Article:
In its quest to eliminate malaria, India focuses on Odisha and the tribal states
India’s goal of eliminating malaria by 2030 may appear at first glance to be easily attainable. Reported cases of the disease dropped by around half between 2001 and 2016 and, in nearly three-quarters of India’s more than 650 districts, the number of people falling ill from malaria is very low.
But India’s path towards elimination has proven to be particularly difficult in the remote and rugged tribal areas of the country’s north-east region and in the state of Odisha to the east – areas where malaria is one of the most common health problems. “Making advances against malaria in these areas is crucial, considering they represent the majority of the country’s malaria burden,” said Dr Henk Bekedam, the World Health Organization Representative in India.
“Making advances against malaria in these areas is crucial, considering they represent the majority of the country’s malaria burden.”
Dr Henk Bekedam, WHO Representative in India
The challenges are many. A forest-based economy in India’s tribal states means many people work in areas thick with the mosquitoes that carry the malaria parasite. Residents typically sleep outdoors, where they are easy targets for mosquitoes. In addition, people often wear inadequate clothing, which leaves them vulnerable to mosquito bites, and are often reluctant to seek medical help when they first develop symptoms of the disease.
What’s more, mosquitoes in these areas tend to transmit the disease efficiently and have developed resistance to as many as 3 of the 4 WHO-recommended classes of insecticides.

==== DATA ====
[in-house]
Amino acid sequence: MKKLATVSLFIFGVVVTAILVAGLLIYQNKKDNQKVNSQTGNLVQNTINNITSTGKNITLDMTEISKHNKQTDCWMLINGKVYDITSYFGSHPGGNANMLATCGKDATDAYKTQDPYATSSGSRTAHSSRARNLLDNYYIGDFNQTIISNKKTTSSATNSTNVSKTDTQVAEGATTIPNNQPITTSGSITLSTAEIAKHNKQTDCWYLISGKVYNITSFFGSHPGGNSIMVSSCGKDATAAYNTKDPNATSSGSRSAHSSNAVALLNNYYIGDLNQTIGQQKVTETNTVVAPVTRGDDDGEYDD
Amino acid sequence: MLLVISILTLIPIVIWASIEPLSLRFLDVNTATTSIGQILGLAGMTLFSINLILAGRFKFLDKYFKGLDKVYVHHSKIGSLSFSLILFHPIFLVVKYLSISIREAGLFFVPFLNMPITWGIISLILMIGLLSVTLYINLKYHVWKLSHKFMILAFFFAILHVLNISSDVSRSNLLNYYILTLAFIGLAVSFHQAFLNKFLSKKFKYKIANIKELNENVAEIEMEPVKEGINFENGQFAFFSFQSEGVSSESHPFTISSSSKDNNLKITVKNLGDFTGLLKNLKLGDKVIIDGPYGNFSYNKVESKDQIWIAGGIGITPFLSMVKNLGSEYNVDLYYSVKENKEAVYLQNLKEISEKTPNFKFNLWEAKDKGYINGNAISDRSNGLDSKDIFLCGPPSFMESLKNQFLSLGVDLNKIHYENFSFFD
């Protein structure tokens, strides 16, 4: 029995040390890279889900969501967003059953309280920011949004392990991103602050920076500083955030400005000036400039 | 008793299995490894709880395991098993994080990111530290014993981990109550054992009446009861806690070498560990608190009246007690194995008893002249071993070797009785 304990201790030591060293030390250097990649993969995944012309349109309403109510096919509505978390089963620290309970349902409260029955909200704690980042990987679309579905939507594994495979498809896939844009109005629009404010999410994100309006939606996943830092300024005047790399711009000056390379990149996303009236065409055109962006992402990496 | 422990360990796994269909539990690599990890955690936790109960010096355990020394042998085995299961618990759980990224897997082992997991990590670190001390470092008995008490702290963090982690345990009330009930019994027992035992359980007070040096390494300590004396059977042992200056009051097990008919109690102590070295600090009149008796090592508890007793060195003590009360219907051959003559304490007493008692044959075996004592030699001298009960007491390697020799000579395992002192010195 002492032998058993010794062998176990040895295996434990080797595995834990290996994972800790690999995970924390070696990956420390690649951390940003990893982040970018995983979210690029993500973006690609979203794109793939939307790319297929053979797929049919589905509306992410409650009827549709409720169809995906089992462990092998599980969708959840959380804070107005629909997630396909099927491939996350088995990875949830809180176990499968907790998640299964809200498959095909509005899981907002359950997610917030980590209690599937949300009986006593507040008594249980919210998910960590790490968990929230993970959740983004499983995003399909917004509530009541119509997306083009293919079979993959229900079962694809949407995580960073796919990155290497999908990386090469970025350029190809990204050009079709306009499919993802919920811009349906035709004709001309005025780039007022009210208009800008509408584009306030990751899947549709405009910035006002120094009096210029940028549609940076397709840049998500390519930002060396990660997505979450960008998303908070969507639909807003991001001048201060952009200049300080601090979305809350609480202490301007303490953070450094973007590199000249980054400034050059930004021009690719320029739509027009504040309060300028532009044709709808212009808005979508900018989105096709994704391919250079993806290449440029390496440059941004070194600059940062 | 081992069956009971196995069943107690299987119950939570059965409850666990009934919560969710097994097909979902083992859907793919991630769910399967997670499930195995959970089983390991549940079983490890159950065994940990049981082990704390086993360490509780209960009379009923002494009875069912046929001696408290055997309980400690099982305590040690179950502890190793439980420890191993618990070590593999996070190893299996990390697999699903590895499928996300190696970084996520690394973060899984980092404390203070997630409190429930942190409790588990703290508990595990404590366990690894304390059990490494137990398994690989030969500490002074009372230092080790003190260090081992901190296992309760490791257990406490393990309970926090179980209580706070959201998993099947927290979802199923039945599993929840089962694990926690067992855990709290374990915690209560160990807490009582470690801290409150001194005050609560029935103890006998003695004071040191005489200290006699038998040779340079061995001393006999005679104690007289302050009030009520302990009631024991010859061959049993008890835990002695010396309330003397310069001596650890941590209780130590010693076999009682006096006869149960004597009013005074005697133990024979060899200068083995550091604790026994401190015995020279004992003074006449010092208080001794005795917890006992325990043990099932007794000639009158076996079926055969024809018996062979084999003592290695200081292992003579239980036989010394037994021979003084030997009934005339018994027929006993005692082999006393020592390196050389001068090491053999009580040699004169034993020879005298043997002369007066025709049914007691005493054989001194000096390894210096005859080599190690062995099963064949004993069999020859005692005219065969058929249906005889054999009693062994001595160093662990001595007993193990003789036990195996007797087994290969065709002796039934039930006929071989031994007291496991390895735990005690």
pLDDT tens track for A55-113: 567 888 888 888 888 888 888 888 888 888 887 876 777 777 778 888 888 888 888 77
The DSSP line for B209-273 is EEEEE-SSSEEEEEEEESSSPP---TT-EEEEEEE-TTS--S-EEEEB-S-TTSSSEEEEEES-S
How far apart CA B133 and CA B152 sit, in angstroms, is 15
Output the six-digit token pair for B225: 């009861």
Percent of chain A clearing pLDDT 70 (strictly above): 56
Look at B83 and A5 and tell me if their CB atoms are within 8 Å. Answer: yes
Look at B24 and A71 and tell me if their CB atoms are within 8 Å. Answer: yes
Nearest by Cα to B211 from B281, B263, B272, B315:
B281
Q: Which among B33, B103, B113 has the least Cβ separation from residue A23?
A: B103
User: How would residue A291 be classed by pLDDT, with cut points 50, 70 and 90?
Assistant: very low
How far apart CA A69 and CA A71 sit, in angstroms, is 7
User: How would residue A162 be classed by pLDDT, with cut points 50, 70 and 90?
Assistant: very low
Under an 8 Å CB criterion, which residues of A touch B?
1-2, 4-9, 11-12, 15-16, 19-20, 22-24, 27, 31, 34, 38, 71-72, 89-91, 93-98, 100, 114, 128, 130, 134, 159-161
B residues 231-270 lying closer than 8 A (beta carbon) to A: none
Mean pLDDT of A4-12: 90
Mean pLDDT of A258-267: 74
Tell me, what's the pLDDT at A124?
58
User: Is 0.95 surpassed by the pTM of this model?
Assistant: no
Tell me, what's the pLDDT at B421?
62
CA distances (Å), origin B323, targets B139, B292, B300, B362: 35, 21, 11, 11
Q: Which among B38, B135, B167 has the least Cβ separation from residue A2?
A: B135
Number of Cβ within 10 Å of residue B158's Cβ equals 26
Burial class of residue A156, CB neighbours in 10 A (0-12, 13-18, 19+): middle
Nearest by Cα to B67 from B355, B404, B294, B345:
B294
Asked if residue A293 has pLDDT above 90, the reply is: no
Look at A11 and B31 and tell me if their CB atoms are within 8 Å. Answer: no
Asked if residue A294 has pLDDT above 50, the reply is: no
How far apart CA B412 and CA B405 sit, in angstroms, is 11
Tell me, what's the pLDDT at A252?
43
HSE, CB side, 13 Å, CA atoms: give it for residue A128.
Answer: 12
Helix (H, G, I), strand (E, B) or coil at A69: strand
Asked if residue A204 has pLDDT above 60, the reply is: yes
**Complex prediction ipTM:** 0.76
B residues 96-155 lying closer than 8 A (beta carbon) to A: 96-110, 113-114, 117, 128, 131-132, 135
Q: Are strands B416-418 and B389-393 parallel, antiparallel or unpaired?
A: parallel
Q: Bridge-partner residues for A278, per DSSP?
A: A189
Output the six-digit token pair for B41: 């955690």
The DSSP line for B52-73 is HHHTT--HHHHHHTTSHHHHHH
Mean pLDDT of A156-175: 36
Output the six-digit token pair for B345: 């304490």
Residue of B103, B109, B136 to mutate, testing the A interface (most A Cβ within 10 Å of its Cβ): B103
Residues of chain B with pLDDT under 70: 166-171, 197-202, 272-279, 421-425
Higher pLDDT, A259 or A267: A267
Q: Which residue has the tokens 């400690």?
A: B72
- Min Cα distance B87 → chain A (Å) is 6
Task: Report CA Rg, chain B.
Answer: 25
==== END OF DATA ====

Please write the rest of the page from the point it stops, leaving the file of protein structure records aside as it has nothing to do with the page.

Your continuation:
Massive scale up in the use of long-lasting insecticidal nets
To overcome these challenges and following the recommendations of WHO’s Global Technical Strategy for Malaria, Indian health authorities are increasing efforts to provide free access to bednets, expand the use of rapid diagnostic tests and provide early treatment for cases of the disease.
WHO’s global malaria strategy calls for early case detection and treatment as well as widespread use of measures to limit the population’s exposure to mosquitoes. “That means a massive scale up in the use of long-lasting insecticidal nets, indoor residual spraying and other mosquito-control measures,” said Dr Bekedam.
Much of the work is spearheaded by 900 000 trained Accredited Social Health Activists – or ASHAs. The ASHAs “are in each and every village” in tribal areas, according to Dr P.L. Joshi, former director of India’s National Vector Borne Disease Control Programme (NVBDCP). They serve as health activists, educators and promoters, providing villagers with information about the disease so that they can take steps to protect themselves.
In 2017, with financing from the Global Fund to Fight AIDS, Tuberculosis and Malaria, the ASHAs helped distribute approximately 11 million bednets – enough to protect all of the residents in those areas of Odisha that are at highest risk for malaria, including residential hostels for schools. Across the nation, a total of 40 million bednets have been handed out or will be shortly.
Reducing malaria in these high-risk areas entails more than the widespread distribution of bednets. Just as important is ensuring that people who need them are using them. After going door to door in the tribal and village areas at night – when the mosquitoes bite – ASHAs and auxiliary nurses reported that more than 80% of the residents were using bednets properly.